La Vita Diamante di Gio returns, although with nothing nearly as audacious as last segment. Indeed, this one was a little disappointing because Gio engaged in another charity photo shoot similar to that in episode 2, although this time with Mahbod Moghadam, co-founder of RapGenius (now just Genius). The shoot itself is funnier, with Moghadam being green-screened into a scenario similar to how Corrine Olympios was, although at Gio’s suggestion that “the camera subtracts a couple of inches” Moghadam takes up the offer to stuff first a banana in his underwear, and then a literal baby’s arm. Well, a literal baby doll’s arm. Moghadam also takes pretty quickly to Gio’s suggestion to “act like a black guy,” which makes me feel less bad for him.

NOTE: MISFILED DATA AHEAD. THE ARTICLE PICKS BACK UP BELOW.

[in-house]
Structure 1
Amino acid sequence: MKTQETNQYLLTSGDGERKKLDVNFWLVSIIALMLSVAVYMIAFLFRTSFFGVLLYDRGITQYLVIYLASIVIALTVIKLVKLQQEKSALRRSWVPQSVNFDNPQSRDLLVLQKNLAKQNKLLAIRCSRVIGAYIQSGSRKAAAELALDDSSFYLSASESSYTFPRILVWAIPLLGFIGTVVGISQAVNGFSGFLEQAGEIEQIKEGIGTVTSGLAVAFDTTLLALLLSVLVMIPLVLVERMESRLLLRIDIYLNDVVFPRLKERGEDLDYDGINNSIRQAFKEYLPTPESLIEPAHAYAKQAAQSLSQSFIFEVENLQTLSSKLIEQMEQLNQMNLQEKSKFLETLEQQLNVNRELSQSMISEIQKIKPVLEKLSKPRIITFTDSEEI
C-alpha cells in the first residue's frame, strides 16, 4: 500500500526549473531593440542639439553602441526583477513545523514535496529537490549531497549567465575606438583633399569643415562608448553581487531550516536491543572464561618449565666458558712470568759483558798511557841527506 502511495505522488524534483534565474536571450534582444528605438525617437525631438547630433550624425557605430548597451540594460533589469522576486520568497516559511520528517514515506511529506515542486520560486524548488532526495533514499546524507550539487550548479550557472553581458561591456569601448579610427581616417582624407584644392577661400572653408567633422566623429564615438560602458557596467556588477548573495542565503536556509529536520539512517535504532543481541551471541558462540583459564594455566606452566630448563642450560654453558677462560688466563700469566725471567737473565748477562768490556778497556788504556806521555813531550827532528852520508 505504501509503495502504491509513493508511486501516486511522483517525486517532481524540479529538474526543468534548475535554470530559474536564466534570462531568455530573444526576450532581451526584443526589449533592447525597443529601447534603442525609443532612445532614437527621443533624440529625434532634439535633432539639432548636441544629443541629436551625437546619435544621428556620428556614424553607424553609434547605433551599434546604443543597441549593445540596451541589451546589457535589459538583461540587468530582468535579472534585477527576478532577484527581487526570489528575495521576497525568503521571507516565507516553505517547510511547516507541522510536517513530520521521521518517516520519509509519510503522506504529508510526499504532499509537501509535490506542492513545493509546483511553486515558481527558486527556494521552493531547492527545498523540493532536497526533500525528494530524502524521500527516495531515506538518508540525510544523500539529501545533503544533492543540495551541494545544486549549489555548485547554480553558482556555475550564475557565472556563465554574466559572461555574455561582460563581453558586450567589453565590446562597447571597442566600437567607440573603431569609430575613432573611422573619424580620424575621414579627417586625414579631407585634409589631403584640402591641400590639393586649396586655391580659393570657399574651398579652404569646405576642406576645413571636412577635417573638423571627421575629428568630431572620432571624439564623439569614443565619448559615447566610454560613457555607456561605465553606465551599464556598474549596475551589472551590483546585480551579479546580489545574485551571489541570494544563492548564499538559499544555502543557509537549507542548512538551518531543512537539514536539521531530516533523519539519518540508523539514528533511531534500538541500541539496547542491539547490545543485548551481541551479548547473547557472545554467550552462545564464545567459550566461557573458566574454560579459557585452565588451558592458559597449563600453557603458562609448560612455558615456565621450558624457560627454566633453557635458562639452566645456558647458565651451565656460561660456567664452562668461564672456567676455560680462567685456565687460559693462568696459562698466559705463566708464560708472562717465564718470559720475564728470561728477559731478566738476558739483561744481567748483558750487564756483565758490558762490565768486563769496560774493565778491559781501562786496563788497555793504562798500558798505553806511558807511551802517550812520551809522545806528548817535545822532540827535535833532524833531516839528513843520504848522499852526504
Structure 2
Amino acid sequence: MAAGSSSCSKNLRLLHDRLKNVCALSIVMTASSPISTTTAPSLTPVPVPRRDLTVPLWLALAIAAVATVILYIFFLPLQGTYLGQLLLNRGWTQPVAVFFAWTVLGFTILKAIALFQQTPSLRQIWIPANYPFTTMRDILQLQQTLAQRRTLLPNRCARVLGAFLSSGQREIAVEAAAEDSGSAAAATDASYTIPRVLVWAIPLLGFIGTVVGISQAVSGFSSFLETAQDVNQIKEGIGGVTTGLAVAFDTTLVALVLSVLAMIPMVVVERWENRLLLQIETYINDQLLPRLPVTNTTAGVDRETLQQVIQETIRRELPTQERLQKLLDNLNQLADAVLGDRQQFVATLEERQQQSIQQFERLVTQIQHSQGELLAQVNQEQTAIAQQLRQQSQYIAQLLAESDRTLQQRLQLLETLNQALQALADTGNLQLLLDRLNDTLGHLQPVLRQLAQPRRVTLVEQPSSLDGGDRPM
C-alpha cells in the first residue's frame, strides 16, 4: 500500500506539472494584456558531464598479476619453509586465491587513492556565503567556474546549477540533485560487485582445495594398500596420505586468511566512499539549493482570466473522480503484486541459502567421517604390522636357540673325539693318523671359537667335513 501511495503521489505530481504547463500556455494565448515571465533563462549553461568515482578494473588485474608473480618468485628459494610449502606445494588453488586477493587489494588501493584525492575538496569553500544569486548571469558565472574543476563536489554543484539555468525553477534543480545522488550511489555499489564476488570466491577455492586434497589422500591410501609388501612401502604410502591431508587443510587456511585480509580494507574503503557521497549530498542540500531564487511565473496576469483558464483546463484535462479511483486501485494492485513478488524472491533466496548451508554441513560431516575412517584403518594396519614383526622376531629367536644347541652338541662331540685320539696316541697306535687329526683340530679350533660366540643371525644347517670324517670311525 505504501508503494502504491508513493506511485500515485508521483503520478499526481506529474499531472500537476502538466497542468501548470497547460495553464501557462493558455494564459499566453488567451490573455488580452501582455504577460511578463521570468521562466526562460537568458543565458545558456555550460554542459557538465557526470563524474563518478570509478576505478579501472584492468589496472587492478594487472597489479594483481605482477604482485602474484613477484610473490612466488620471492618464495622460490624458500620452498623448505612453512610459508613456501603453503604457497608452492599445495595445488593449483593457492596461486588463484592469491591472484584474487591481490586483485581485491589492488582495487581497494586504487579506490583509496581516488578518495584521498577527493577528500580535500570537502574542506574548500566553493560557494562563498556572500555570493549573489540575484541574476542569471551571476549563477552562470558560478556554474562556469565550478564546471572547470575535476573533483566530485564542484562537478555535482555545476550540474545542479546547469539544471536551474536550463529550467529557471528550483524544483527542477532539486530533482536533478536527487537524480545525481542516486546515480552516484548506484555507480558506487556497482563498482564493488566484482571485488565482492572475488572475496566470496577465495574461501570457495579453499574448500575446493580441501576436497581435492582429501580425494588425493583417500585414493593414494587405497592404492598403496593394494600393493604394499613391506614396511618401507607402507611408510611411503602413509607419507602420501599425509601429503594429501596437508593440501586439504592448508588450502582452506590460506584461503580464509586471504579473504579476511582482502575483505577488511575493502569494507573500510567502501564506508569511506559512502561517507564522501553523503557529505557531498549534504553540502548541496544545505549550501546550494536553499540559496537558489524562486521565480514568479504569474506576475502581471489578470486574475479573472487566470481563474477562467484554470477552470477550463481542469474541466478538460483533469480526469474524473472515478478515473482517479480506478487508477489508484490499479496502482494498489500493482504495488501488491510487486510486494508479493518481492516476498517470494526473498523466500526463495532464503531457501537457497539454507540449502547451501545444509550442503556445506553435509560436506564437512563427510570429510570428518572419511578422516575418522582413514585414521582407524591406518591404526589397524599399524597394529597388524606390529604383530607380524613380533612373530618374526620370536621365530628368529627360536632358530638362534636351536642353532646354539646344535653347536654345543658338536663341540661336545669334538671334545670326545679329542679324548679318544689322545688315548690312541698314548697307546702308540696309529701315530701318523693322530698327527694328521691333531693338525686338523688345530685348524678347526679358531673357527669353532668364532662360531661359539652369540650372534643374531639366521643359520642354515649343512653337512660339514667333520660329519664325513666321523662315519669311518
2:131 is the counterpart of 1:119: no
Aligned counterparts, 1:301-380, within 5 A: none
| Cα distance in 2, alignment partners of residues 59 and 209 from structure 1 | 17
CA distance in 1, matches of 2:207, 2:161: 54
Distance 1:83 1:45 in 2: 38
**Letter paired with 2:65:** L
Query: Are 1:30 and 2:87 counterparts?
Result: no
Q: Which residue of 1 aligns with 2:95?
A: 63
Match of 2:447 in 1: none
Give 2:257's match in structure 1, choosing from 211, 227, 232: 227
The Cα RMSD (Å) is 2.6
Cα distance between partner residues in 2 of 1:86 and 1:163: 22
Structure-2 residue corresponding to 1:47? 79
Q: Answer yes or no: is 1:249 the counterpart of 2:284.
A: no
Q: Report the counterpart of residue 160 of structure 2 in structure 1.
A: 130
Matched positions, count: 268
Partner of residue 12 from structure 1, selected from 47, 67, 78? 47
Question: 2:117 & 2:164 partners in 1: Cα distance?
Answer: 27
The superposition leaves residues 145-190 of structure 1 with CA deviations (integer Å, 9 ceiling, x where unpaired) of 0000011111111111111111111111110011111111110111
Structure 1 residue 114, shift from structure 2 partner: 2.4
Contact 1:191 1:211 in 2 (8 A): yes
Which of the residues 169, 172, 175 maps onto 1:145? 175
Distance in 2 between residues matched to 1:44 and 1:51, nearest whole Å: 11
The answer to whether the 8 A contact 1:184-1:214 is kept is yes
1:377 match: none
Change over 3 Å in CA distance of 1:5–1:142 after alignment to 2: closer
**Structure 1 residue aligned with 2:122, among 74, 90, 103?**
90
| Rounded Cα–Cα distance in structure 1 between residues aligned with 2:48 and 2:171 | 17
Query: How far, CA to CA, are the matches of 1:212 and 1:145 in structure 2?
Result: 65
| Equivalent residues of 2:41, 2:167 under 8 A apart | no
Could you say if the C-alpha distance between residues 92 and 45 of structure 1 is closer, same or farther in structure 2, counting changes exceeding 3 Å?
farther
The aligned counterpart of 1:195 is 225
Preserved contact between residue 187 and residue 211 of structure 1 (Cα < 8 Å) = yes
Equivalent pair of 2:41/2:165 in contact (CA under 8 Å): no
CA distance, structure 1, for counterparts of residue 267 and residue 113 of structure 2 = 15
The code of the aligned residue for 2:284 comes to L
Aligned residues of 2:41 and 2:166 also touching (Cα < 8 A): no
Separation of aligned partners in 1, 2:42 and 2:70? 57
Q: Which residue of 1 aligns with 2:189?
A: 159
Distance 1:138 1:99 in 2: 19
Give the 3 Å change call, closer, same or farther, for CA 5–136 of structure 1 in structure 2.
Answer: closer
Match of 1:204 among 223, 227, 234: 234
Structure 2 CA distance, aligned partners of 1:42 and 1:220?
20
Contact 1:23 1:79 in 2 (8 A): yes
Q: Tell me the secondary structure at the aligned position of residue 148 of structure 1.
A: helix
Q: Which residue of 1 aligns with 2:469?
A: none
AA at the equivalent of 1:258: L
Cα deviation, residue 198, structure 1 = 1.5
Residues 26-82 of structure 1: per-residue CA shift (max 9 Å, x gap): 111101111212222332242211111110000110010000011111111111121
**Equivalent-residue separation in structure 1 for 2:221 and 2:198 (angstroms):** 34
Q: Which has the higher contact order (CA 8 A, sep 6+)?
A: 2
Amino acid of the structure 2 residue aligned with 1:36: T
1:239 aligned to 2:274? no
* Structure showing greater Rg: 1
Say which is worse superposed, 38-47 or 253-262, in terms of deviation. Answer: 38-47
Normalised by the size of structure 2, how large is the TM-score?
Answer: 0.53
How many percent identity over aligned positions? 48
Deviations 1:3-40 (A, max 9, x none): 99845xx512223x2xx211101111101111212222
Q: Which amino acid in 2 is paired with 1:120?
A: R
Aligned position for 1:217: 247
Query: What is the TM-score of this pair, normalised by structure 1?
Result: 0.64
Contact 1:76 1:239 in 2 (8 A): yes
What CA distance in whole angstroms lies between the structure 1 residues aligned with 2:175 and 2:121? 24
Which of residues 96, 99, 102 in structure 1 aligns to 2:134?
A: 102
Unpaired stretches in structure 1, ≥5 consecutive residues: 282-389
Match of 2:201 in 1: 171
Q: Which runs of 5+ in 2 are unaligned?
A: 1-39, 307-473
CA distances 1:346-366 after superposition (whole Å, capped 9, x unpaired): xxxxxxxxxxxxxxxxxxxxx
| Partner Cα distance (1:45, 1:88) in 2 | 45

The final segment features Brigadier Erran Morad meeting with Daniel Roberts, founder of the Youth Shooters of America. (“How do you get over the instinct not to shoot the youth?” “No, no…”) This segment is in part notable for the ease with which Roberts buys some of Morad’s ludicrous assertions, such as “I have been in 14 terrorist attacks, and started 3” and “23% [of terrorist attacks] in the Middle East is done by children,” but it’s really one of Morad’s three terrorist training segments that stand out. “Use Your Voice As a Weapon” is a bit of silly absurdity, as the two have a very normal and polite conversation in enraged tones; “Defending From Terrorist Babies” is better, as Morad trains him in the tactic of finding a bomb in a baby’s diaper and disarming it. (Roberts can’t get the diaper off in time and so just throws the baby in a trash can. It was the wrong baby.) The highlight, though, is “How to Survive a Beheading”, which, naturally, centers around “biting the terrorist’s penis and using it to hold him hostage.”